What might those ramifications be? Why only that one could spend their money more strategically, if their intent was to benefit from an ultimate rise in the price of silver increasing the value of their previously acquired physical hoard. You see, Gomer, there is only a limited amount of money chasing a diminishing above-ground supply of silver, whether fabricated in the form of small bars or coin to stimulate investor demand, or as one thousand ounce bars of .9999 purity to service the needs of industrial users.

What happens to the eventual resource depletion of silver, when people pay bloated premiums on one troy ounce silver rounds produced by mints? It retards the attenuation of supply. The off-take of silver from the market is slowed. This is counter-productive if one's hope is that a steady acquisition of small amounts of silver, by a burgeoning cadre of citizens that circumnavigate the globe, all coveting the lustruous noble element, will eventually deplete stocks and thereby cause a resultant price rise.

Spending extra money on premiums slows the eventual extinction of silver, and will prove deleterious to the individual attempting to get the most for their money. Silver has been estimated, by the GFMS, to have less than a decade's supply of metal retained in the Earth's crust at present rates of extraction. Why would you not want to pay as little premium as possible to obtain the wealth-safeguarding status that silver confers upon its holders?

It's really no different than the claims made by detractors of the various silver ETF's, such as the iShares Silver Trust SLV, or the ETFS Silver Fund SIVR. They claim that money funneled into those exchange-traded funds, which are intended to track the price performance of silver, with such emulation affording one the opportunity to realize paper profits in various venues, does nothing to promote the acceleration of price rise.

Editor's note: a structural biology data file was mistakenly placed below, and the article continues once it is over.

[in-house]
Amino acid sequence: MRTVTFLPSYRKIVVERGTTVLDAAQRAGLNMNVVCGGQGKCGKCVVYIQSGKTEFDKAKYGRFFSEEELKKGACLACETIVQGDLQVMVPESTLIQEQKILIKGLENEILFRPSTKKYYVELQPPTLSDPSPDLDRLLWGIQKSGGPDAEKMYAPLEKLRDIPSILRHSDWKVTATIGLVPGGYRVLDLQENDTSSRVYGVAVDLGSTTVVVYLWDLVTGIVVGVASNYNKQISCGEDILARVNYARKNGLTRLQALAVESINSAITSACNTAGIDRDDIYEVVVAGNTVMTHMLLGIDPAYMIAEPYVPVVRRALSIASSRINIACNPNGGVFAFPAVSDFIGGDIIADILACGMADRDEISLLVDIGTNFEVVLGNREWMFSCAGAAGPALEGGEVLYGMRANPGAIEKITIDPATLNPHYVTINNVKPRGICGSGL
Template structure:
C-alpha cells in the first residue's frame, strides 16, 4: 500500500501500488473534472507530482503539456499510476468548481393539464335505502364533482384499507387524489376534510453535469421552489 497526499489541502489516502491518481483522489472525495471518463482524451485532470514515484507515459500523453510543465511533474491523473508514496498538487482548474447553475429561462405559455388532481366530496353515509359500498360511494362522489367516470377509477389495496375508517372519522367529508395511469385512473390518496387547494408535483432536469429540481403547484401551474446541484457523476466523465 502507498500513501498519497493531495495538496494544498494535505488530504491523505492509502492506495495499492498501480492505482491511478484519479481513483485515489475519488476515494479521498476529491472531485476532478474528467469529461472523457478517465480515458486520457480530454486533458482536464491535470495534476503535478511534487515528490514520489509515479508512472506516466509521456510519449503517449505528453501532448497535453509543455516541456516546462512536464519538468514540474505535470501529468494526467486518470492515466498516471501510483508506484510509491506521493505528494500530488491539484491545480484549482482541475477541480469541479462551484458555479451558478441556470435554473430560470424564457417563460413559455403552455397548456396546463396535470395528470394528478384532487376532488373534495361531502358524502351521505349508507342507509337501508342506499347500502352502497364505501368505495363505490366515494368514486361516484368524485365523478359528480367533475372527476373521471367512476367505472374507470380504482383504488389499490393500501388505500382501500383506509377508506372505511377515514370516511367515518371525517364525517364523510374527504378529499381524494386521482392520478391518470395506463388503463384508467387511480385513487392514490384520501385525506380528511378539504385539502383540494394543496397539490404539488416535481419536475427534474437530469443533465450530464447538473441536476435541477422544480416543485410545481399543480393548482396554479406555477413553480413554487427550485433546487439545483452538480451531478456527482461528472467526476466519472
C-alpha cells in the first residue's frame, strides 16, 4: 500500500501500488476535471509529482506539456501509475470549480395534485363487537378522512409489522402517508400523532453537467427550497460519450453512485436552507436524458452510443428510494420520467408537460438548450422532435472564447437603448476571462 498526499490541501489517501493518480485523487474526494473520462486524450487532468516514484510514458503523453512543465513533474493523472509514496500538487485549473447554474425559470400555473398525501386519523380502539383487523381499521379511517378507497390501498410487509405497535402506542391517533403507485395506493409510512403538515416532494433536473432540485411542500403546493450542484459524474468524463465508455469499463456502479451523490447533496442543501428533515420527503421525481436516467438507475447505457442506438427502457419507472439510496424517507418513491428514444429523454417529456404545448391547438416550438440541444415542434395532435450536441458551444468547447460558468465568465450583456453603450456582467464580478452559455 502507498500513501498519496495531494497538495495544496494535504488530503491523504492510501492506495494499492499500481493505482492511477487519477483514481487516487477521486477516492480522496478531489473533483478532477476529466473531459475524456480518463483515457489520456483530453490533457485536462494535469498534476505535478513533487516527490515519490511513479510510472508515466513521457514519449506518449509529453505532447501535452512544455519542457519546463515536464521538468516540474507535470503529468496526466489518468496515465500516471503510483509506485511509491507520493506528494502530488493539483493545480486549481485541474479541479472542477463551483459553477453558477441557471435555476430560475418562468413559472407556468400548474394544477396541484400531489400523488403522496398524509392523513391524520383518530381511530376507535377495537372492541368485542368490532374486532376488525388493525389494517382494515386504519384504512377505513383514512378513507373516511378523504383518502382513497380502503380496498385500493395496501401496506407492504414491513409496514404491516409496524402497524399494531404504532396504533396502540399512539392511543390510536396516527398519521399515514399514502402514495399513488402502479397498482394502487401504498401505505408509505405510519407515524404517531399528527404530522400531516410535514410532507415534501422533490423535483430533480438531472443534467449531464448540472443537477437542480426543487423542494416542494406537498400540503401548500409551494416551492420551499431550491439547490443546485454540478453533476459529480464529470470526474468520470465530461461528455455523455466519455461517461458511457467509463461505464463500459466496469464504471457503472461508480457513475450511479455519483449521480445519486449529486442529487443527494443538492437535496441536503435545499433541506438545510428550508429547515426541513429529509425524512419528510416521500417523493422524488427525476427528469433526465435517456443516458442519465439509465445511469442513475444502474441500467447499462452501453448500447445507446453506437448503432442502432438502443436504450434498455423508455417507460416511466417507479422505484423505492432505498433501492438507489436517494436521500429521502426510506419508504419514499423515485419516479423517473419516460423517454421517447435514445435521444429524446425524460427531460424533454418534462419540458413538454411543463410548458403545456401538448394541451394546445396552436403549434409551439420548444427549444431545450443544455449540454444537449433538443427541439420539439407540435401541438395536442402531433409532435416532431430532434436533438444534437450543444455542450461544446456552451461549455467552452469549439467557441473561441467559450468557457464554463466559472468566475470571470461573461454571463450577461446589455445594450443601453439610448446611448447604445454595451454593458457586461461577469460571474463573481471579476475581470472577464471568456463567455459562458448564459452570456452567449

Instead, this inflow of funds is, in reality, siphoned away, diminishing demand rather than enhancing it. There are many, Jason Hommel and Ted Butler among them, who assert that the various ETF's do not even hold the silver they purport to stockpile as backing to the shares. This money would be better spent, as Max Keiser suggests, by people withdrawing their contributions to such entities and purchasing tangible physical silver that they then take possession of.

Some like to opine "if you don't hold it, you don't own it." If you were constrained, due to financial limitations, to purchasing only a few hundred dollars worth of silver each month, wouldn't you far prefer to obtain more ounces for your money? By amassing a store of wealth that increased considerably faster in size, measured by number of ounces, rather than an ostensible shadow worth variable denoted by collector's avarice, wherein liquidity might limit demand?

Due to the reasons listed, I think it's indisputable. It just makes more sense to get the most for your money, particularly for those new to accumulating silver ounces. Why don't we reverse and modify that maxim? Wouldn't it be more conducive to all of our goals if everyone were to realize that "if you don't own it (high-premium silver rounds), you hold more of it?" To borrow from Ultimate Cage Fighting, I know I'd much prefer to survive the melee for three rounds, rather than get beaten by a devastating first silver round knock-out.

Buy Silver. Buy Gold. Save Copper. Start Now.